He was a composer, music theorist and architect born
in Braili, Romania, to a family where his father was a Greek businessman.
He became introduced to music from a very young age
because both of his parents had an interest in the subject and his mother
gave him a flute. This changed
somewhat after the death of his mother when he was five and being given his
education through a string of governesses.
Once 1932 came along the governesses were no longer
required and he was sent to Spetsai in Greece where he entered boarding
school. While here he was
there he gained a lot of musical experience by performing as a member of
the school choir, memorising Mozart’s Requiem and studying solfege and
notation and gaining a great interest in the sacred and traditional music
He graduated in 1938 and travelled to the Greek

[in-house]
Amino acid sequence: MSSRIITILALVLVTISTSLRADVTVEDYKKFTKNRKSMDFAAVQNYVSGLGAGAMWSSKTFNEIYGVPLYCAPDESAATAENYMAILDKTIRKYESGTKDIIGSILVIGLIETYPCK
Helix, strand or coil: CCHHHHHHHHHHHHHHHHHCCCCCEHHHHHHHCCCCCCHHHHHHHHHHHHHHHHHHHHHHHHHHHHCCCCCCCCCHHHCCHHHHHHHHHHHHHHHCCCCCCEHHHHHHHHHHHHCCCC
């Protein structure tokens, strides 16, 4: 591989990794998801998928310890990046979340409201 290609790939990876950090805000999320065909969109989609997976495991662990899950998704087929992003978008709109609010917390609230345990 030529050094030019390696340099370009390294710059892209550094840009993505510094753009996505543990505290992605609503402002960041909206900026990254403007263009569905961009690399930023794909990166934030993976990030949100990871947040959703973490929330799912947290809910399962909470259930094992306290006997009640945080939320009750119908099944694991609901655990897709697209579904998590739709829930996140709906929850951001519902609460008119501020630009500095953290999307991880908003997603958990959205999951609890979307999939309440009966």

capital to prepare to enter the National Technical University of Athens
where he studied architecture and engineering along with counterpoint and
harmony. Although he managed
to pass the initial entry exams, he could go no further than the first day
of classes due to the place being closed due to the Greco-Italian War. It would open sporadically during
the next few years. After the Battle
of Greece in 1941 the country found themselves under Axis occupation until
During these war years he was an active member of the
communist National Liberation Front culminating in him becoming involved in
the armed resistance. Once the
Axis forces had left in 1944 and Britain had tried to assist in the restoration
of the monarchy with opposition of the Greek Democratic Army, the country
found itself dealing with martial law and civil war. Xenakis fought against the British and